Two studies, one fix: Regulate cruises, P&C, June 16, 2012.

While it is refreshing that continued attention is being given to the impact of cruise ships on Charleston’s ambiance, it is also ironic that the conclusions of Miley and Associates (commissioned study by The Historic Charleston Foundation) are essentially the same as those of the Cruise Ship Task Force appointed by Mayor Joe Riley in 2003 and hosted by the Historic Charleston Foundation (HCF).

I served on that committee and while residents fought “tooth and nail” with proponents of the cruise industry, we were all able to agree on the following points:

 

» Establish a cruise ship advisory council of residents and industry leaders to monitor and make regulatory recommendations. We strongly agreed on the need for enforceable regulations.

» Limit commercial passenger vessels (250 or more) to the existing South Carolina Ports Authority cruise ship facility, thus, in effect, limiting the number of such ships to no more than one a day. We felt that even this daily number could overwhelm the residential quality of life, so there was a recommendation to focus marketing on the smaller luxury segment. The current proposal to build a larger cruise ship terminal opens the door to multiple larger vessels overtaxing our environment.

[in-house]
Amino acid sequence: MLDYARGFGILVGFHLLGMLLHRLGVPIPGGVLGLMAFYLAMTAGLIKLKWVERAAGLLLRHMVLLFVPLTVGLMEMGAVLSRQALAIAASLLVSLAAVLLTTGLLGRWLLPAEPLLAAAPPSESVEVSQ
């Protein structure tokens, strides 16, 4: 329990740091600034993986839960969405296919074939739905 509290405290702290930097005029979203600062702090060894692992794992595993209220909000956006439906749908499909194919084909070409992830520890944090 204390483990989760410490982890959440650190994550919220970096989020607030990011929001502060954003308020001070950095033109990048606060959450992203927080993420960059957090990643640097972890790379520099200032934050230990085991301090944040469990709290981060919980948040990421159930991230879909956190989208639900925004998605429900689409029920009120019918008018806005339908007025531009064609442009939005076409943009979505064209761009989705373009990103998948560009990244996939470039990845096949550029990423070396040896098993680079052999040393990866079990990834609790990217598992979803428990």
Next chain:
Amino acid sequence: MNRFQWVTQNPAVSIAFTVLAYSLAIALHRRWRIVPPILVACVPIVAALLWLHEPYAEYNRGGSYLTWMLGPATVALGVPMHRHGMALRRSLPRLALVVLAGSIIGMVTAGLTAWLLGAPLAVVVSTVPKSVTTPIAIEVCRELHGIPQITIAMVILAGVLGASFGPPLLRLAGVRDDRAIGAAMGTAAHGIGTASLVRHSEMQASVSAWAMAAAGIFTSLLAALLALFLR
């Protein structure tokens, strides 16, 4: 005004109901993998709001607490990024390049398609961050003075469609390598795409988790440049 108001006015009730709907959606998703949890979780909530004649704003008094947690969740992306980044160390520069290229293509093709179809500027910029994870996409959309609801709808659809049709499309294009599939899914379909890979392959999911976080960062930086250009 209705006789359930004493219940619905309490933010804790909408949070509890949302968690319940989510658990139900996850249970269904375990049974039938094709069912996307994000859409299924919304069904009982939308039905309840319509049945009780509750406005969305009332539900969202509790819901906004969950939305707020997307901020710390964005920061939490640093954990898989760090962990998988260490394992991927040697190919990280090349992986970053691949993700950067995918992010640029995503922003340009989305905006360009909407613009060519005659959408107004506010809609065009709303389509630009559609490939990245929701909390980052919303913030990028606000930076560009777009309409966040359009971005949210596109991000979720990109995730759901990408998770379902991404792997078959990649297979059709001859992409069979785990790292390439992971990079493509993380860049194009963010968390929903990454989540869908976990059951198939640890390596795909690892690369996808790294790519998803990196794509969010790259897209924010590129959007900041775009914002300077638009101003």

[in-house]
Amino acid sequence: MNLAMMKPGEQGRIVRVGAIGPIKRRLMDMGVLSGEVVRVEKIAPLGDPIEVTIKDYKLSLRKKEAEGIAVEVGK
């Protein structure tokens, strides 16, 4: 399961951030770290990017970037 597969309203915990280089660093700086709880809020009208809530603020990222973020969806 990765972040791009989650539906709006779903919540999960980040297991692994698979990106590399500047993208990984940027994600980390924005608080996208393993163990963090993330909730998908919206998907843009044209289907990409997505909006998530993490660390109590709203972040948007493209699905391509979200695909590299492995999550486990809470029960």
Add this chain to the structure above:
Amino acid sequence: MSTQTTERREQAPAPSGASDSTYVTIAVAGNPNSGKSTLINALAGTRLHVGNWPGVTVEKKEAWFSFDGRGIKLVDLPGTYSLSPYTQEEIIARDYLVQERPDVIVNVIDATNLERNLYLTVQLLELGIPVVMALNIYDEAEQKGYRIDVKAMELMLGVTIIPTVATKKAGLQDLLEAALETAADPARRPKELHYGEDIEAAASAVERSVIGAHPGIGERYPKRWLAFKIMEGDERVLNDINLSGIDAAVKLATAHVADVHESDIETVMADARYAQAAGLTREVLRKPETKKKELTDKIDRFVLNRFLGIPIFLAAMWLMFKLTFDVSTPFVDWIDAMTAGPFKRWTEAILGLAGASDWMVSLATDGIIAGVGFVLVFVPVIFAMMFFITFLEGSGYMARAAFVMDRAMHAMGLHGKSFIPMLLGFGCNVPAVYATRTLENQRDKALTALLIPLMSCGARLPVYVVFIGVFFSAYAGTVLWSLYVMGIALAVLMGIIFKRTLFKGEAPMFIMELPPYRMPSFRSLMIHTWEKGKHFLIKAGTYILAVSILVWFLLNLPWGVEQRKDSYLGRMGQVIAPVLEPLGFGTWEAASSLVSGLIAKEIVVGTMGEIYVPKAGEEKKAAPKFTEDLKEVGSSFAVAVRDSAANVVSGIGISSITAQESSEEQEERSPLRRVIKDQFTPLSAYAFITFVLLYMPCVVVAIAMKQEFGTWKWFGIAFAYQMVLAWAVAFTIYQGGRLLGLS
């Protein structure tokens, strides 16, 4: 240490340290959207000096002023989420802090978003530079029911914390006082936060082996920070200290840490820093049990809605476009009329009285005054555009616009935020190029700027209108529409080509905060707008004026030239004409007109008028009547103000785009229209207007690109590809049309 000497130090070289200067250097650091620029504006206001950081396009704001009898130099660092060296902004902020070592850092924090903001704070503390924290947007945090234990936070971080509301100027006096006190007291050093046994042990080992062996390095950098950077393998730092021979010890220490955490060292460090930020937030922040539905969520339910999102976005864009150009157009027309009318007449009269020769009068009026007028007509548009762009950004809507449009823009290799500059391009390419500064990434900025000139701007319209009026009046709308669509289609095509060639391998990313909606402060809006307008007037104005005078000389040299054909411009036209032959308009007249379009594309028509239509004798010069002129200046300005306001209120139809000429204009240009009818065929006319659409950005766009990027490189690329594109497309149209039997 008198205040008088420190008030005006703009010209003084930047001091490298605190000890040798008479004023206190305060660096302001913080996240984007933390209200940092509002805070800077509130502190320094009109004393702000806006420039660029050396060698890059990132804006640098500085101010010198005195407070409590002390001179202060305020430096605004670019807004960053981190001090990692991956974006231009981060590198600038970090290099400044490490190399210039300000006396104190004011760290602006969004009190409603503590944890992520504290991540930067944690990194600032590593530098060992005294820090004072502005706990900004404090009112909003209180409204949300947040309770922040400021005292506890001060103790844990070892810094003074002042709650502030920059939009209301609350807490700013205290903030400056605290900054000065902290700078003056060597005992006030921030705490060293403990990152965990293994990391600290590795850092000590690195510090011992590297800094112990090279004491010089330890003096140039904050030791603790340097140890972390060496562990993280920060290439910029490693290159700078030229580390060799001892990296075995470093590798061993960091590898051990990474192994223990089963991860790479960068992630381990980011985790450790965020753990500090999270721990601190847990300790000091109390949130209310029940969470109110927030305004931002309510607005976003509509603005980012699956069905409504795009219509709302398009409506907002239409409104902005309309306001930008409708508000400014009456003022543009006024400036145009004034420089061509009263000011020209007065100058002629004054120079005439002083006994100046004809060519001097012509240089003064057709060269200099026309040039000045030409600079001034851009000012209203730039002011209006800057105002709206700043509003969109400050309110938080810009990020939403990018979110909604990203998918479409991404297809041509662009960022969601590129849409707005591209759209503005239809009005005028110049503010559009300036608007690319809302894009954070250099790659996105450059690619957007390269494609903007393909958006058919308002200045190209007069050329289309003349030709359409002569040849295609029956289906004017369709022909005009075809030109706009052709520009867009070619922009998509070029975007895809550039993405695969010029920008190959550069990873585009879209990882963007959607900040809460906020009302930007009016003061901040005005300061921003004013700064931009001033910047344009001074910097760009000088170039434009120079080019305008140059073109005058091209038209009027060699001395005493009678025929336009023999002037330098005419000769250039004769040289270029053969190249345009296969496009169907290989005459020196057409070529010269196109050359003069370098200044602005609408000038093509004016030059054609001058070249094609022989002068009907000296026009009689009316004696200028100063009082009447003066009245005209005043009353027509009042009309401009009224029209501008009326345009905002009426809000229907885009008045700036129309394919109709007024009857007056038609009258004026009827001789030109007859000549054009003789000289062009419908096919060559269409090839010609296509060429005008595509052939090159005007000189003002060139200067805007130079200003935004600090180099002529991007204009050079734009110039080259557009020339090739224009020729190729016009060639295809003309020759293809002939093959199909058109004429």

» Expand the noise ordinance to include cruise ships.

»Charge an additional $2 passenger city tax to help offset costs of cruise ship traffic management downtown  (Cruise Ship Task Force Final Draft 2003).

Kudos to HCF for not sweeping this under the rug.  Perhaps it is finally time for the mayor, City Council, and the State Ports Authority to listen to the residents who are so directly affected. Instituting the recommendations of 2003 would have saved us all much weeping, wailing and angst, as well as cracked teeth.